|Publication number||US7549396 B2|
|Application number||US 11/408,493|
|Publication date||Jun 23, 2009|
|Filing date||Apr 21, 2006|
|Priority date||Feb 7, 2006|
|Also published as||US20070181071|
|Publication number||11408493, 408493, US 7549396 B2, US 7549396B2, US-B2-7549396, US7549396 B2, US7549396B2|
|Inventors||Marni Markell Hurwitz, Dave Narasimhan, Ernest D. Buff|
|Original Assignee||I Did It, Inc.|
|Export Citation||BiBTeX, EndNote, RefMan|
|Patent Citations (31), Referenced by (9), Classifications (4), Legal Events (5)|
|External Links: USPTO, USPTO Assignment, Espacenet|
This application is a continuation-in-part of U.S. application Ser. No.: 11/348,723, filed Feb. 7, 2006.
1. Field of the Invention
The present invention relates to additives for animal litter; and more particularly to an additive for cat litter, which releases an odor controlling or odor masking substance when the animal uses a litter-box, and retards the odiferous compound formation.
2. Description of the Prior Art
Many patents disclose methods for control of odor in animal litter. When animal litter is not of a clumping variety, it is difficult to control the odor since the urine excreted is absorbed over a much larger distance. Clumps are created when the composition of the swells during the absorption of pet urine, creating a localized rigid clump. Typical additives for litter which provide this swelling and urine absorption property include gypsum, calcium sulfate hemi-hydrate which absorbs water, forming CaSO4.2H2O, swelling Kaolin or montmorillonite clays. Gums of different variety are also used to dissolve and form a bond, creating clumps. Odor control is generally achieved by adding ingredients to the litter that either mask the odor or add compounds that are anti-bacterial, or other compounds that exhibit pleasant smell. The urine odor is created by the formation of amine containing compounds produced by decomposition of urine and by urine decomposing gram-positive bacteria.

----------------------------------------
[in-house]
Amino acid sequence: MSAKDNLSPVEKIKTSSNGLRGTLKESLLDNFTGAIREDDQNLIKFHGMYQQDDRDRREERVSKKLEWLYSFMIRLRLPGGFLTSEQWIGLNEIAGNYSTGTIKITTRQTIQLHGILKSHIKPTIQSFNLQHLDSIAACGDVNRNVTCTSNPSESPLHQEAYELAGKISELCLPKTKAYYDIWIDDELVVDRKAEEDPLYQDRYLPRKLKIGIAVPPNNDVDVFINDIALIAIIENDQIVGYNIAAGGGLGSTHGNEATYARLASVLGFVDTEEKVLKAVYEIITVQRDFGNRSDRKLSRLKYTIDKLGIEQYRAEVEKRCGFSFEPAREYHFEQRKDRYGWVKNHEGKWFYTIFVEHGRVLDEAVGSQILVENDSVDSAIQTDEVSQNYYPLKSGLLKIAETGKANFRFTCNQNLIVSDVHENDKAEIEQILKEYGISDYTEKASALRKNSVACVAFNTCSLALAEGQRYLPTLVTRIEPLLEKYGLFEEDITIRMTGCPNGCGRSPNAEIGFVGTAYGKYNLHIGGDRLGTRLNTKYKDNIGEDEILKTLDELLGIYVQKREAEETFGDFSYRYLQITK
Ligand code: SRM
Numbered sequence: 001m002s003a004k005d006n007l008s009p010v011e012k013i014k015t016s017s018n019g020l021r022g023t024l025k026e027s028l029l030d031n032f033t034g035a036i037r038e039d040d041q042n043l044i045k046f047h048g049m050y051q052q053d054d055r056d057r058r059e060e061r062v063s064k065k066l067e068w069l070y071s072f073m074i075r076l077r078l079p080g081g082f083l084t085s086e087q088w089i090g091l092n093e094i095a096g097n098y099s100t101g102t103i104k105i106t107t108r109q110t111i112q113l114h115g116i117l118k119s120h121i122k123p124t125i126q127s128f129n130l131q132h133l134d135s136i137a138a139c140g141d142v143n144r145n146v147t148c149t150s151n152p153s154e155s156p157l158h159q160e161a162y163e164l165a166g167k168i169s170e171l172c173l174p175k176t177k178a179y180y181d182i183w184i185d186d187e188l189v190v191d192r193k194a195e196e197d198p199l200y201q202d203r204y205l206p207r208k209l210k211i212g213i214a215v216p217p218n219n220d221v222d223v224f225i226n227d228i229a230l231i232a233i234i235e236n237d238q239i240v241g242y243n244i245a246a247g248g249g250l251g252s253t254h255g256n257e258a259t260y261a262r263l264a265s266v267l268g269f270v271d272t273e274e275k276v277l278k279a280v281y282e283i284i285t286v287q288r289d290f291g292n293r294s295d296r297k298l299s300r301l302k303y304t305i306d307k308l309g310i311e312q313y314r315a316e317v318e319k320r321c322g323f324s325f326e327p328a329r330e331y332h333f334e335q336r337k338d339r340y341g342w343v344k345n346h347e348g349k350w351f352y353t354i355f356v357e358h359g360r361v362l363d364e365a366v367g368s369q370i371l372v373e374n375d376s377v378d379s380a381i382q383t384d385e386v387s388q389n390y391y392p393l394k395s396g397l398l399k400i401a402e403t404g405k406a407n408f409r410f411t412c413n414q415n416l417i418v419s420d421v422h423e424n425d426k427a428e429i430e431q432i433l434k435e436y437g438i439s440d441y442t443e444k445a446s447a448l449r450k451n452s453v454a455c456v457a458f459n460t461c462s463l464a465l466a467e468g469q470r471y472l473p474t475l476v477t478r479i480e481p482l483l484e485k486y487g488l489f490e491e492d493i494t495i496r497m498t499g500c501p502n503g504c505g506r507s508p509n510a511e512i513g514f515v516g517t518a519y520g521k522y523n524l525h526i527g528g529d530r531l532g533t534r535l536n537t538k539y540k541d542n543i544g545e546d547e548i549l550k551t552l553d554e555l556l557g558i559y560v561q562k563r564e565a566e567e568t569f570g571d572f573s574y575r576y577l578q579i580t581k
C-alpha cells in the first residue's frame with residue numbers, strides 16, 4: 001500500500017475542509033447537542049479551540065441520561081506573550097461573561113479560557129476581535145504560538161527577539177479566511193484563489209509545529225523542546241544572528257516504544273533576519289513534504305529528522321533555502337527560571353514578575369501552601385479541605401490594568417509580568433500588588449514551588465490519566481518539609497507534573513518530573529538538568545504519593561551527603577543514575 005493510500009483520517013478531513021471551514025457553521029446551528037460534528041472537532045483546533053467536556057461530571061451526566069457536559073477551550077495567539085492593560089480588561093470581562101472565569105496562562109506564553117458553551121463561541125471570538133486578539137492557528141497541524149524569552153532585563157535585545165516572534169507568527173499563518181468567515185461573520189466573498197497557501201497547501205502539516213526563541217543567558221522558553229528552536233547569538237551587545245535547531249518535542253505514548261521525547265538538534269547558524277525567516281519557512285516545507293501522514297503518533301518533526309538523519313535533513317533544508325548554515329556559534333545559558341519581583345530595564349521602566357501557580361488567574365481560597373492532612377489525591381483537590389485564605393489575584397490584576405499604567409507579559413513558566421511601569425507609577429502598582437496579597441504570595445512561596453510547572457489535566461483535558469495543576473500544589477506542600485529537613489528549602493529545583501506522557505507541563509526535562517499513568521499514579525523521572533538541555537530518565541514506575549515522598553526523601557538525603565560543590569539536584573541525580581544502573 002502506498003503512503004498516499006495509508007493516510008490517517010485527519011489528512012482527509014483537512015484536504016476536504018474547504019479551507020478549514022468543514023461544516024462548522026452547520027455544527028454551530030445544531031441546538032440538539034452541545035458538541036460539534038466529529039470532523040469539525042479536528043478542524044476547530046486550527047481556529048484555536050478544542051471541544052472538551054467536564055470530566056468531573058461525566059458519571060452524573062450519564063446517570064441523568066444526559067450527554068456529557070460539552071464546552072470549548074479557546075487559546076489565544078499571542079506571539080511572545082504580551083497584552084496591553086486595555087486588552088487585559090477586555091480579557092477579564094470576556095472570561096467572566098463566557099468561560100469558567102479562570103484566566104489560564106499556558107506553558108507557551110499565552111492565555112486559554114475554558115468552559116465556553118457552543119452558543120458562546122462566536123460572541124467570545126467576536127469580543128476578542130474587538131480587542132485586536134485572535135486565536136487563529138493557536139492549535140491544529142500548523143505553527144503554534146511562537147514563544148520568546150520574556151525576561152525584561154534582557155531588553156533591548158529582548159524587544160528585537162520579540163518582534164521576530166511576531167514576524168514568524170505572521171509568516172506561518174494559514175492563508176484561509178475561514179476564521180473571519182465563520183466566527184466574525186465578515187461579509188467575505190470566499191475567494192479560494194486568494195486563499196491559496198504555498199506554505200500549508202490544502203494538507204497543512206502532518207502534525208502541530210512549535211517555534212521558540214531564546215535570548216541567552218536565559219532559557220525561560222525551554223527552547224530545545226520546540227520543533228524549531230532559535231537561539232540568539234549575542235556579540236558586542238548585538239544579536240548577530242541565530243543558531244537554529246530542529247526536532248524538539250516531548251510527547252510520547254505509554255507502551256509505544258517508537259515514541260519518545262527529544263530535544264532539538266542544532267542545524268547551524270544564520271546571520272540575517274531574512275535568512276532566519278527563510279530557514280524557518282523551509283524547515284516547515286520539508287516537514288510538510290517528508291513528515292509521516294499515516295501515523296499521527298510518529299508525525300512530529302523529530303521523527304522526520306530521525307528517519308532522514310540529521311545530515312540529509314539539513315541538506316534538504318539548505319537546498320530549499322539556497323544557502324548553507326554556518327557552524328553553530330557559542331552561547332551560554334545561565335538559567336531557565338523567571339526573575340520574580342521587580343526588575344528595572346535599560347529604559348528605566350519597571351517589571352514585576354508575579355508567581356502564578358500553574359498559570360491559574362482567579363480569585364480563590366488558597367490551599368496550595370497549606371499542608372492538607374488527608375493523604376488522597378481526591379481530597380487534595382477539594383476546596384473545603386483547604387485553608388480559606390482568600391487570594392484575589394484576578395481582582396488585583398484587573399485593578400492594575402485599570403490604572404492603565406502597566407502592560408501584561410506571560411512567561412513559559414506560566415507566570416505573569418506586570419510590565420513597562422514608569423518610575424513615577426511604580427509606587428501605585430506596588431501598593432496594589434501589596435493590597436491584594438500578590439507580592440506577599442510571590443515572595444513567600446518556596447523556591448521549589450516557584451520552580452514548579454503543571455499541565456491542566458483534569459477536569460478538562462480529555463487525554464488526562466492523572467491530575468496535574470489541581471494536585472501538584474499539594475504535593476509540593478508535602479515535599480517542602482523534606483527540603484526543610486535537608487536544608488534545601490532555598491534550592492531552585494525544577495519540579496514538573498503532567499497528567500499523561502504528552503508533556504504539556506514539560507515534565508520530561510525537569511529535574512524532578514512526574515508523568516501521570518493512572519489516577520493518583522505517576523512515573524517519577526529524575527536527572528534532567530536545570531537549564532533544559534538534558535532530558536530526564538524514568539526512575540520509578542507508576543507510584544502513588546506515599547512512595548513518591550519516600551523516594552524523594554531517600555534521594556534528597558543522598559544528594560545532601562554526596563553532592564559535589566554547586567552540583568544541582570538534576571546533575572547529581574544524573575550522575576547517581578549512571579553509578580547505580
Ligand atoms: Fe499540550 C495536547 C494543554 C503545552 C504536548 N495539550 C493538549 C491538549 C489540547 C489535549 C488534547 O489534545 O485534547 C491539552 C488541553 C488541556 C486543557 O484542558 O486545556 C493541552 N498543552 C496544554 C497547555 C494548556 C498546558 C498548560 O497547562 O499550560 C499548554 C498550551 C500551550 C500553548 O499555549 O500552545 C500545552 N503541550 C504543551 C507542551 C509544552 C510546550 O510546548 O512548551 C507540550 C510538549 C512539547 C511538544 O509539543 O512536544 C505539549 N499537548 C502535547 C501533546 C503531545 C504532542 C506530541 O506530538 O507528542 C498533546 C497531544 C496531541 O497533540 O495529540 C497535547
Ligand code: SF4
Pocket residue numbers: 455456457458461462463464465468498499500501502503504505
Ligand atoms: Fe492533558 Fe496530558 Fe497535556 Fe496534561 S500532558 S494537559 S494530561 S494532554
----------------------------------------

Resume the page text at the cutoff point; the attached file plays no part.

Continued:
U.S. Pat. No. 3,675,625 to Miller et al. teaches a litter which is “activated” by heating and then contacted with an odor control agent, such as pine oil, citrus oil, camphor or the like.
U.S. Pat. No. 4,129,094 to Stockel discloses the use of fly ash, bottom ash and/or boiler slag as cat litter materials. The composition of fly ash, as determined by the ASTM includes silicon dioxide, alumina, ferric oxide, calcium oxide, magnesium oxide, sodium oxide and potassium oxide. This is a complex chemically reacted composition and absorbs urine but does not eliminate the odor.
U.S. Pat. No. 4,203,388 to Cortigene et al. teaches the use of a deodorant such as sodium bicarbonate, in amounts of between about 1% and about 10% of the dry weight of the litter. Such large amounts of deodorizer are necessitated since the litter itself is also used as an absorbent for urine, requiring the deodorizer to be homogeneously dispersed throughout the particles of the litter.
U.S. Pat. No. 4,405,354 to Thomas et al. discloses the use of buffering agents to prevent gaseous ammonia from escaping into the air. However, such buffering agents serve only to prevent the formation of gaseous ammonia; they are ineffective against other unpleasant odors. Further, the amounts of such agents range from about 0.5% to about 25% by weight, since all of the absorbent litter must be treated with the agent to provide sufficient contact with the urine.
U.S. Pat. No. 4,459,368 to Jaffee, et al. discloses particulate sorbing and deodorizing mixtures containing synthetic and clay sorbents. The composition contains sorbent fuller's earth clay particles and sorbent synthetic particles, e.g. calcium sulfate dihydrate-containing granules, in a weight ratio of about 0.5:9.5 to about 4:6, respectively. This combination of clay minerals and calcium sulfate dihydrate does not provide odor control.
U.S. Pat. No. 4,494,482 to Arnold discloses an animal litter composition. This solid absorbent material has about 25 ppm to about 500 ppm of a halogenated aromatic hydrocarbon bacteriostat that effectively prevents the development of urine odors. The bacteriostat is selected from the group consisting of p-chloro-m-cresol; hexachlorophane, 2,4,4′-trichloro-2′-hydroxydiphenyl ether, trichlorocarbanilide, 2,4-dichloro-m-xylenol, 3,4,5-tribromosalicylanilide, 3,5,3′,4′-tetrachlorosalicylanilide or 3,5,3′,5′-tetrachlorodiphenyl sulfide. These chlorinated or brominated compounds kill odor-producing bacteria.